IE responded by firing three staffers and taking other measures. Executive President Santiago Iñiguez de Onzoño laster said IE had changed the “front-to-end management of rankings under the new aegis of the dean of the business school,” as well as “designed new processes that will guarantee the accuracy and integrity of the collected information.” The school also promised to “launch new initiatives to strengthen our alumni engagement.” But the reputational damage was done. Its MBA unranked, IE might have faced worse repercussions if its MiM (ninth) and its open exec ed program (11th) had not ranked so highly,
“IE is a solid business school with an outstanding trajectory and will always be fueled by the energy of its students, alumni, faculty, and staff,” Iñiguez said in February. “Any episode like this yields lessons to be learned and will help us to emerge even stronger as a united IE community.”
Lessons learned, this year IE came back to rankings life, appearing on the top-10 lists of both average MBA salary (fifth) and MBA salary increase (10th). FT now ranks the Spanish school’s full-time MBA 9th, its executive MBA 10th, and its MiM 14th.
HIGHS & LOWS IN THIS YEAR’S RANKING
Along with ESMT Berlin, one other school rose 15 places in the new ranking: Nyenrode Business Universiteit, which slipped five spots in the MiM ranking but saw its MBA climb to 32nd to give the Dutch school a spot at 36th. Another school, Trinity College Dublin’s Trinity Business School, returned to the ranking for the first time since 2007, landing at 60th thanks to its first-ever participation in FT‘s EMBA and MiM rankings.
Leading the way in average MBA salary three years after graduation is INSEAD’s one-year program, with $179,661; London Business School is second at $169,675. Ten schools offered 100% improvement or greater in MBA salary, led by a Spanish school, IESE, at 128%; Milan’s Bocconi was second at 124%. Among the lower-ranked schools to pop up in surprising places is Durham University Business School, the No. 43 school overall (up from 47th last year) that nonetheless placed fifth in MBA salary increase at 110%. “Durham University Business School’s programs are all taught and delivered by world-class faculty, whose leading research underpins the learning experienced by our students,” Dean Susan Hart says in a statement about the new FT ranking. “Consistently high positions in rankings like the FT European Business School shows independently both the strong reputation and quality of all of our programs, and the business school generally.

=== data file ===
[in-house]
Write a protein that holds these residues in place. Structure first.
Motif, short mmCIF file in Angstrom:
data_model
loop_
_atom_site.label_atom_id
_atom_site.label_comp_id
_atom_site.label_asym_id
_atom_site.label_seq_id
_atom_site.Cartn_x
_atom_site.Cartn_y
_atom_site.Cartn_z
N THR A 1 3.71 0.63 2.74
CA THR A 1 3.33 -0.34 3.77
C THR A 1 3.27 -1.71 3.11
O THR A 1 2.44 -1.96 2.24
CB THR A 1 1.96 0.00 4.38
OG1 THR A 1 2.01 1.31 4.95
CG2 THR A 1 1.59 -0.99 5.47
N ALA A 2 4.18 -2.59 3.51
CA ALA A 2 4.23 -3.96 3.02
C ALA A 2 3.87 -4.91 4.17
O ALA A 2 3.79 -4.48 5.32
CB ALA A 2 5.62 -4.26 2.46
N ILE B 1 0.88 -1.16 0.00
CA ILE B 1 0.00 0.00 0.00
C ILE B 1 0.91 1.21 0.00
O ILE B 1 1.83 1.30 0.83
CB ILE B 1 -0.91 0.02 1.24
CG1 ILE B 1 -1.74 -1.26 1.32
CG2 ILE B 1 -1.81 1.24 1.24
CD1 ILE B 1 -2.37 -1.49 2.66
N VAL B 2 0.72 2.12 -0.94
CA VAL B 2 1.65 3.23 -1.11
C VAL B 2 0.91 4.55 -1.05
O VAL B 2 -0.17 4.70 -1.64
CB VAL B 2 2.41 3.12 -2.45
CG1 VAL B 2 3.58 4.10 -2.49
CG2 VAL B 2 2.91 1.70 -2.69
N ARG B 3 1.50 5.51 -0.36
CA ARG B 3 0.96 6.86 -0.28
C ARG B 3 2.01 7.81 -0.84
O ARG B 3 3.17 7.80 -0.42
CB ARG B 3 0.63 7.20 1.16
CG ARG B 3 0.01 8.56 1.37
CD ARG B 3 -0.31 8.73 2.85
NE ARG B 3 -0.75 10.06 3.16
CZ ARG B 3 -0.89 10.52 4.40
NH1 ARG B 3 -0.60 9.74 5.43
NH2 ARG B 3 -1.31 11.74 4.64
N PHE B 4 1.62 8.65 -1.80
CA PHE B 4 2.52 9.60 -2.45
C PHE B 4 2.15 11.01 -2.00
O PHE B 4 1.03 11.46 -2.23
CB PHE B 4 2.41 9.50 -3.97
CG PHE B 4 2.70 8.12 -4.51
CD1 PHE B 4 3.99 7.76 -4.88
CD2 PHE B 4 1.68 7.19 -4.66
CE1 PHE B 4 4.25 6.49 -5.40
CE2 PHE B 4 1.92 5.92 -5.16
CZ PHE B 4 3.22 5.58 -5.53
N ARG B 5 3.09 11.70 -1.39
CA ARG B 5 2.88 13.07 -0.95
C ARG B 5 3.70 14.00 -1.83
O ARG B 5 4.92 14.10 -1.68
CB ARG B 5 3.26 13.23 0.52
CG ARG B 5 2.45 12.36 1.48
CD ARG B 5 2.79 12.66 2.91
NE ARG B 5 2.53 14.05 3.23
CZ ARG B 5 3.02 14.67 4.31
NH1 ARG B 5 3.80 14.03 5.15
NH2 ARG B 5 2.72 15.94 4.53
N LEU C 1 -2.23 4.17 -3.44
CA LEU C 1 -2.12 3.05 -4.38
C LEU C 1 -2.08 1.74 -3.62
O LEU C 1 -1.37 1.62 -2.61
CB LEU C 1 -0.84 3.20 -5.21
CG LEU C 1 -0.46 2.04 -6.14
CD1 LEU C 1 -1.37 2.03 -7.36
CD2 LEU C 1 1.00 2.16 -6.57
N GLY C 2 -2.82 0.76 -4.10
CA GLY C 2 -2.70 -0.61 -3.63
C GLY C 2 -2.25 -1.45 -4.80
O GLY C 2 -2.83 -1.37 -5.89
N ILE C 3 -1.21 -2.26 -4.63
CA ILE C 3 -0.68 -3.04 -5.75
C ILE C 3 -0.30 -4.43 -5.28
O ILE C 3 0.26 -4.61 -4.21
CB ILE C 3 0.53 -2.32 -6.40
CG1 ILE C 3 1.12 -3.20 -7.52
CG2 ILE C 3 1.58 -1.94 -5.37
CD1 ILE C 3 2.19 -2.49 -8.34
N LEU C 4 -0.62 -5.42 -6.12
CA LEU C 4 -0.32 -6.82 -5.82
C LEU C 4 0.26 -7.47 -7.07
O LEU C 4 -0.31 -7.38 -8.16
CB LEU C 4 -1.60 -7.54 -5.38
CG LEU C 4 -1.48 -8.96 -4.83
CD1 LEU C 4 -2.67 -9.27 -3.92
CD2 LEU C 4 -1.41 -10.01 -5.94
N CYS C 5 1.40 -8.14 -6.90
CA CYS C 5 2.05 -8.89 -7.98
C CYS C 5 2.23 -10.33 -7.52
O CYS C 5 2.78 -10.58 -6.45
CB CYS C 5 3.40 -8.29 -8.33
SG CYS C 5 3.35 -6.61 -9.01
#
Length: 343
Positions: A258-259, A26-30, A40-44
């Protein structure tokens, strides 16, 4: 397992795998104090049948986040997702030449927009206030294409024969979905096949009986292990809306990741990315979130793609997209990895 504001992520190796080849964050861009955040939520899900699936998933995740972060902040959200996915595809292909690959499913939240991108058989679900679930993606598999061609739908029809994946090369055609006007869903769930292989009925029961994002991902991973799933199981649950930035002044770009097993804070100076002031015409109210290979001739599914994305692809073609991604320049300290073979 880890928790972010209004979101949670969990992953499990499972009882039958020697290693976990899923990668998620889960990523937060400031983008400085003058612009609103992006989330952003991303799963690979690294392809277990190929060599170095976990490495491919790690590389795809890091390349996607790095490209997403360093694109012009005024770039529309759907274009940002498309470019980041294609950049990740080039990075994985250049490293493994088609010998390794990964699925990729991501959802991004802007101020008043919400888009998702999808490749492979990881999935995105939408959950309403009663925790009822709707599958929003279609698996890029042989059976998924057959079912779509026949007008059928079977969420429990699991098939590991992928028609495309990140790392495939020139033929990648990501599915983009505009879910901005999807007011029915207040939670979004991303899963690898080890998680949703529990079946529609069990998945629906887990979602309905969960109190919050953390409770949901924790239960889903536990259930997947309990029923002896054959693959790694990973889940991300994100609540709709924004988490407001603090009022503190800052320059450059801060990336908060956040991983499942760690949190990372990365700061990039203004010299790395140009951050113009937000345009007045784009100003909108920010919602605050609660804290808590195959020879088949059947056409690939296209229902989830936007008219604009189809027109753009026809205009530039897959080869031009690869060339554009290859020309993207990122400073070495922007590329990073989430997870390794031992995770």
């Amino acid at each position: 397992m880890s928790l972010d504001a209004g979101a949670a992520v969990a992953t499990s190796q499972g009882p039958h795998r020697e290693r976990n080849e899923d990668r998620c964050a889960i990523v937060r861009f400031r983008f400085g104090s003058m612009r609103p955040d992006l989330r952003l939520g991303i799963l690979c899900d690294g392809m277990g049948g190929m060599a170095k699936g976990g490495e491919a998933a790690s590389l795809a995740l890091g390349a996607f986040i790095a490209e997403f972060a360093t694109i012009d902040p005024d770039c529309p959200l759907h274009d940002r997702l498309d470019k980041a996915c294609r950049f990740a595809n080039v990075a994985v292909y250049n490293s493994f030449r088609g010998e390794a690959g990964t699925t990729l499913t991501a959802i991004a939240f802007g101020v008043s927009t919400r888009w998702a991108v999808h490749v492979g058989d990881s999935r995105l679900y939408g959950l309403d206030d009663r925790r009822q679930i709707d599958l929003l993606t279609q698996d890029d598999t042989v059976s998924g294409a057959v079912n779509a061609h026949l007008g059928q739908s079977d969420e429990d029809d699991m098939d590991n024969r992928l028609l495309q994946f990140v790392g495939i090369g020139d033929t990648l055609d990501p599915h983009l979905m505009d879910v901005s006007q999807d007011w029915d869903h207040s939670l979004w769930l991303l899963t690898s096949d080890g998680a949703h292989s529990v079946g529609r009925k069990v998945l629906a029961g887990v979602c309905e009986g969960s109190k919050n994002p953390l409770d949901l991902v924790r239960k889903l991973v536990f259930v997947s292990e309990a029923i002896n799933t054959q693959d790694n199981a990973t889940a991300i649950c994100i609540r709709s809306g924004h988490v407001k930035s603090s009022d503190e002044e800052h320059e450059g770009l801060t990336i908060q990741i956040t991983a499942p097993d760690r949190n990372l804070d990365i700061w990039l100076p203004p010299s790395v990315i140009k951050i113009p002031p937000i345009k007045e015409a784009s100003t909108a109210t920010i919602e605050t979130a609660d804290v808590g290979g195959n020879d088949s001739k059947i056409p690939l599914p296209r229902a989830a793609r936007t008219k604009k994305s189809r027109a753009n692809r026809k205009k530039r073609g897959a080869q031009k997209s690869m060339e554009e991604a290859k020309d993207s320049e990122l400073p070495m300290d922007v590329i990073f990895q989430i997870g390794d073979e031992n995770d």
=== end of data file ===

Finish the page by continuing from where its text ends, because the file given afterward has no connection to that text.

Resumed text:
“This ranking also comes at a crucial time in the school’s history, after officially becoming Durham University’s fourth faculty recently. This historic change and significant milestone on our development journey provides a key pillar for the school to become one of Europe’s top 20 business schools — and this ranking shows that we are on track to doing so.”
Other schools weren’t so lucky. The UK’s Cranfield School of Management pioneer of popular “levy-friendly” MBA courses, had vaulted 13 places to No. 17 last year but in 2019 saw the biggest slide, to 44th, a decline of 27 spots. But it could have been worse. Missing from this year’s ranking entirely were five schools, all based in the British Isles, that had been listed last year: Adam Smith Business School, University of Glasgow, 94th last year; the UK’s Brunel Business School, 91st last year; DCU Business School of Ireland, 85th; the UK’s University of Bradford School of Management, 87th; and University of Liverpool Management School, 85th.
See the next two pages for the complete 95-school ranking from The Financial Times.